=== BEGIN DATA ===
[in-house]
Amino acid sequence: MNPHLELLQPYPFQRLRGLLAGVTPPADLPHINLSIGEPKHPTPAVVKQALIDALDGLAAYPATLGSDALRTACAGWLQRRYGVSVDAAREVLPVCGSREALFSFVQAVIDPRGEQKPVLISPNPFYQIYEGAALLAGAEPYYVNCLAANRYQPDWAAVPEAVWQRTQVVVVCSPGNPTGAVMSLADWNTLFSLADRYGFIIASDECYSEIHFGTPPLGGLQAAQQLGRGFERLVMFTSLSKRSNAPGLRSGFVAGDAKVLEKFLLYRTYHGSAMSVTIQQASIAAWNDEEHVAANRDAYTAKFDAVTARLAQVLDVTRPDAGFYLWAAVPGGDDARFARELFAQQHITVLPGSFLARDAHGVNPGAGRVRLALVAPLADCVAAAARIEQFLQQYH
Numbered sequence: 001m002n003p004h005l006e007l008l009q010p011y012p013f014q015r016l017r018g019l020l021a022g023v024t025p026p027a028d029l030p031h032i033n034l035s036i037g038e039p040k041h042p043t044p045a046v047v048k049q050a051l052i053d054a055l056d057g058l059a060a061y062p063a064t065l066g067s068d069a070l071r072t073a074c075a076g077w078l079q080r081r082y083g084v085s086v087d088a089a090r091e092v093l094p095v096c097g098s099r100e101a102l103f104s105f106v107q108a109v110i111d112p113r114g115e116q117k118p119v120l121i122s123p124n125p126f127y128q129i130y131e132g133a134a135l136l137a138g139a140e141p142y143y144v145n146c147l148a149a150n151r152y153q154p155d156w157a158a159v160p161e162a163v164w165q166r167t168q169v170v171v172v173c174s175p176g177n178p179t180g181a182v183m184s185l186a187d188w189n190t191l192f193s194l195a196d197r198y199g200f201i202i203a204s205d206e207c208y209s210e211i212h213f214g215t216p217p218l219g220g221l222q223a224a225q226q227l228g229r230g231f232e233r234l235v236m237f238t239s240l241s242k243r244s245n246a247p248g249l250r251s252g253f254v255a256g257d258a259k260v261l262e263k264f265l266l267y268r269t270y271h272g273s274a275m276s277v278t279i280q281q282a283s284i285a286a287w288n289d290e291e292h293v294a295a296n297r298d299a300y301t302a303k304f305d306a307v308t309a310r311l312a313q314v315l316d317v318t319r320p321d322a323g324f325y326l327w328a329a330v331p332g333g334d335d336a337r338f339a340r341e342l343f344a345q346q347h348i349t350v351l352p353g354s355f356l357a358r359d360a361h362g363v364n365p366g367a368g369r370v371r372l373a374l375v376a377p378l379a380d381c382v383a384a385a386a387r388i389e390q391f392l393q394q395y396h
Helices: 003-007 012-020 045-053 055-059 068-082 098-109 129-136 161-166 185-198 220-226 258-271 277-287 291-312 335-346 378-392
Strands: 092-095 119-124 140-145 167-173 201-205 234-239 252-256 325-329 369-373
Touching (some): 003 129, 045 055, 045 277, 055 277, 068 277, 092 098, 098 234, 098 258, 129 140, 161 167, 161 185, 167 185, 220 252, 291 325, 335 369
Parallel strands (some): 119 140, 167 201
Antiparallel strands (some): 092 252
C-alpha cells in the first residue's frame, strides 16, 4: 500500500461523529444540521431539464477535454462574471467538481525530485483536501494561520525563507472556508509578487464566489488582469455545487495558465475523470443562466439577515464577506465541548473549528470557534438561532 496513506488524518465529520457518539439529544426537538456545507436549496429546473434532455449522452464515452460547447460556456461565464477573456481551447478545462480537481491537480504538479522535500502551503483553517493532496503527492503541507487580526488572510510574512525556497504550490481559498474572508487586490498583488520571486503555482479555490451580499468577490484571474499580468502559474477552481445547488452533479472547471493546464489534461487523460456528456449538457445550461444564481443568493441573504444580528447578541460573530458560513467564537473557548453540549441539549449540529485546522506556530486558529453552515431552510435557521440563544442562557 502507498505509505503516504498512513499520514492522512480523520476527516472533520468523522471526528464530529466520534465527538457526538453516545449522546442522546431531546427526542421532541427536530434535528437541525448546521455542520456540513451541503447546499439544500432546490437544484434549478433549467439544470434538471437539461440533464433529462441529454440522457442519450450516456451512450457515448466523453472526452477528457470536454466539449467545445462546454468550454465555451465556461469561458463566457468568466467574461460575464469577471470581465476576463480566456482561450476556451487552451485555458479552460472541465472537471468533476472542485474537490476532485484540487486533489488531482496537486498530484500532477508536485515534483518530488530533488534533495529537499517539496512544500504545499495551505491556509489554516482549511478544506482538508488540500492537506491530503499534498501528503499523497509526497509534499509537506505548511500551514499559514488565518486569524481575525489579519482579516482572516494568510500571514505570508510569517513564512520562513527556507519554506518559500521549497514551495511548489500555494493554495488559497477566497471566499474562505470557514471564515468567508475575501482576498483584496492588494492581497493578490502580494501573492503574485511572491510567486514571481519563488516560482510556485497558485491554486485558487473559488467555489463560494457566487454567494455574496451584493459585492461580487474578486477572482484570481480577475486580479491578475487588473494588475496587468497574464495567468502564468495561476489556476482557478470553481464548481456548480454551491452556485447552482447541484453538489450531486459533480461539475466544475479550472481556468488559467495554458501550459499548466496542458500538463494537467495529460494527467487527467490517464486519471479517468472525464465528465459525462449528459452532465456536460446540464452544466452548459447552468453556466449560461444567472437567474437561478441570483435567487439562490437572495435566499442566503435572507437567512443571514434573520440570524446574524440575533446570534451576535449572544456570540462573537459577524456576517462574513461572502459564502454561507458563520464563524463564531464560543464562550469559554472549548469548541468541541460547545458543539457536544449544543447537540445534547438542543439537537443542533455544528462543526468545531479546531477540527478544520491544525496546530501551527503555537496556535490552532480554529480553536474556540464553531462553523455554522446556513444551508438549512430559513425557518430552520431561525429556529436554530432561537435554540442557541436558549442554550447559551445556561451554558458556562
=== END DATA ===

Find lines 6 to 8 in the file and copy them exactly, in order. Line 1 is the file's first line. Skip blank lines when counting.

Touching (some): 003 129, 045 055, 045 277, 055 277, 068 277, 092 098, 098 234, 098 258, 129 140, 161 167, 161 185, 167 185, 220 252, 291 325, 335 369
Parallel strands (some): 119 140, 167 201
Antiparallel strands (some): 092 252